On average, commissions constitute a fair portion (nearly one in three) of final income for Gemologists. That final number averages out to $44K across the industry. Experience level is the biggest factor affecting pay for this group, followed by geography. For the most part, people in this position report moderate levels of job satisfaction. Female Gemologists make up most of the survey respondents at 73 percent. Health benefits are not claimed by all — nearly one in three lack any form of coverage — but a majority have medical insurance, and just under a half have dental, too. The information for this snapshot was generated by responses to the PayScale salary survey.
Job Description for Gemologist
A gemologist, also known as a jeweler or gem expert, works with and identifies precious stones and gems. The main tasks of a gemologist are carefully studying certain gems and stones, using microscopes and other magnifying equipment, and determining the gems’ make, value, and authenticity. Although they might work independently on occasion, gemologists usually work at a jewelry store in the back room, where gem and stone identification and examination is done.Read More...
Gem cutting can also be involved in this position, which involves the cutting of precious gems to fit certain casts and molds. It also involves setting the gem or stone into pieces of jewelry to meet consumer satisfaction. Gemologists have many different tasks they need to attend to. They must use certain chemicals and liquids to determine the composition of the gems or stones they are working with. They must determine how pure or fine a gem or stone is, and they must estimate how much it is worth. They must also inform customers about the quality of gems and advise them about which pieces they should be interested in.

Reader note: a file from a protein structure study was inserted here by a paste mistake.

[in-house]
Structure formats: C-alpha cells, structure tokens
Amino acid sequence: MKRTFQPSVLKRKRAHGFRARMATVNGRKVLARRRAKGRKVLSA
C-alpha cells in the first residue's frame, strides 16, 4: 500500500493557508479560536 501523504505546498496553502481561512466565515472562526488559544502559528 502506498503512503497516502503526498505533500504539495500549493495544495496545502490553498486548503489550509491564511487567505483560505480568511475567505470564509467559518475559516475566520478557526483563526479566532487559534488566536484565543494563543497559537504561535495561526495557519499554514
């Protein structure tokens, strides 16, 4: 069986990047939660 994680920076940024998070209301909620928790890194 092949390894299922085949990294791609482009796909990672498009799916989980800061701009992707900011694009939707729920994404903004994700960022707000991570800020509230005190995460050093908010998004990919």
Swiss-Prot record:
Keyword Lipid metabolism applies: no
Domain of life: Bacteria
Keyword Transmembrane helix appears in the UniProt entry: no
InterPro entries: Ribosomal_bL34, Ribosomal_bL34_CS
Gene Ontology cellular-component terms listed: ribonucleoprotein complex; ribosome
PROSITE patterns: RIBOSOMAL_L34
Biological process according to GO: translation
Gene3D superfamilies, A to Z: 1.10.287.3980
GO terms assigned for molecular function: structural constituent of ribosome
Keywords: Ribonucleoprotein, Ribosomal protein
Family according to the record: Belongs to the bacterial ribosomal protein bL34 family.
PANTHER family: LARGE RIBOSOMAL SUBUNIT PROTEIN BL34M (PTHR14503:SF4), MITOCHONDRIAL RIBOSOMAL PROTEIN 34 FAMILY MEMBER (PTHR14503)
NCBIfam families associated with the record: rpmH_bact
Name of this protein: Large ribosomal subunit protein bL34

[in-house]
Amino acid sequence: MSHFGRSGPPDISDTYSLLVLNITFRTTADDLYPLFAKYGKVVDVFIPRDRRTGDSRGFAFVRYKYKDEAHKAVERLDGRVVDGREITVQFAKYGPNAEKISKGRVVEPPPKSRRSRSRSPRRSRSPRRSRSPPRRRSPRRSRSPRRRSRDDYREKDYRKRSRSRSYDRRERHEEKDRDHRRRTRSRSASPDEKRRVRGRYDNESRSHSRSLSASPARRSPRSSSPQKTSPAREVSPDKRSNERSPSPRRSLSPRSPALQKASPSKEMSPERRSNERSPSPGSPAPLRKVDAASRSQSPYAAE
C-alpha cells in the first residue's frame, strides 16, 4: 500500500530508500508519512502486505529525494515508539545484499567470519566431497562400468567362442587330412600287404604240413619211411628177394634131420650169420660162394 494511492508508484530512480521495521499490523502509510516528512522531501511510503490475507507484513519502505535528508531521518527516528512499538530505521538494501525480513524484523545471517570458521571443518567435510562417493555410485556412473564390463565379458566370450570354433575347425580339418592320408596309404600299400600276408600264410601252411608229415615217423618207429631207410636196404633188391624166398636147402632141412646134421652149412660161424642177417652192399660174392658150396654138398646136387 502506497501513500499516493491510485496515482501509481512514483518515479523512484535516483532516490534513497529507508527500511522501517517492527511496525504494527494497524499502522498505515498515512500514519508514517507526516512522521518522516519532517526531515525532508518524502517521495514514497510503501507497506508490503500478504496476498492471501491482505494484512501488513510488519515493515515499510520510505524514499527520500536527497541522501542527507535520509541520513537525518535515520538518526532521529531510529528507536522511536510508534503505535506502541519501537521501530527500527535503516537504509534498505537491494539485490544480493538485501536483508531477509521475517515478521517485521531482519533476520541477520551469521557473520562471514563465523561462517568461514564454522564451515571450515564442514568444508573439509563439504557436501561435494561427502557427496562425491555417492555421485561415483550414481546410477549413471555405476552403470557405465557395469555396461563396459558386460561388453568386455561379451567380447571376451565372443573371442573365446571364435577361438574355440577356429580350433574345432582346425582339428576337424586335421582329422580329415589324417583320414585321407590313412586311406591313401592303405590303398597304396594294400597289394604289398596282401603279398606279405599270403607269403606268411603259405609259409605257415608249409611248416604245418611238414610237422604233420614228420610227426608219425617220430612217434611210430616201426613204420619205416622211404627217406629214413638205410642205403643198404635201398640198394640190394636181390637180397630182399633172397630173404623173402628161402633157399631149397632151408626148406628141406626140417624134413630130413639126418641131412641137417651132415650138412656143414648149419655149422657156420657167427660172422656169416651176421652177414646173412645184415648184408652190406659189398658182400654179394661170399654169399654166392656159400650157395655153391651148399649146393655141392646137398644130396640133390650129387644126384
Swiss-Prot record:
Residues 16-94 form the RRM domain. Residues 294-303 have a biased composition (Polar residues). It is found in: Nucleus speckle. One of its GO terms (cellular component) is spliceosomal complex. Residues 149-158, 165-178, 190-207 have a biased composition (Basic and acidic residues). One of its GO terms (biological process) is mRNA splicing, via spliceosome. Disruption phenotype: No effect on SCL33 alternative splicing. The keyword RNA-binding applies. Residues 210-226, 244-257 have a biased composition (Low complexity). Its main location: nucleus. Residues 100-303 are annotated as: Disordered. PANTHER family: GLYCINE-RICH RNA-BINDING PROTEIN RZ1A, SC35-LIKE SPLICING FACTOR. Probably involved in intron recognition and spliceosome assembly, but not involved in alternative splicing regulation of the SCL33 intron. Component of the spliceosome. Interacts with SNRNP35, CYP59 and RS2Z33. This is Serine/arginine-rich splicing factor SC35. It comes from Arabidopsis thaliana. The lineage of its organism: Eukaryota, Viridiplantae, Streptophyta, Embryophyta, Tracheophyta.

Gemologists must have very good coordination. They must know how to handle microscopes and other equipment used for identifying gems and stones. A gemologist must be an educated chemist and know the material he or she is working with. Almost all gemologists must acquire a certification for gemology, which is usually required by their employer. While many gemologists learn their trade working in a jewelry store, some employers require a bachelor’s degree in a related field.
- Examine and identify gemstone materials using standard, high tech, and specialty gemstone testing equipment.
- Write articles for industry publications and newsletters.
- Keep abreast of latest gemological information within the industry.
- Assign preliminary conclusions to gemstone grading reports or provide back-up to preliminary reports.
- Input gemstone identification information in information system.
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Pay by Experience Level for Gemologist
Median of all compensation (including tips, bonus, and overtime) by years of experience.
For Gemologists, more experience in the field does not usually mean bigger paychecks. Salaries of relatively inexperienced workers fall in the neighborhood of $38K, but folks who have racked up five to 10 years see a notably higher median of $46K. Gemologists claiming one to two decades of experience make an estimated median of $48K. Survey participants who have spent more than 20 years on the job report a predictably higher median income of $52K, demonstrating that compensation is roughly commensurate with experience in the end.
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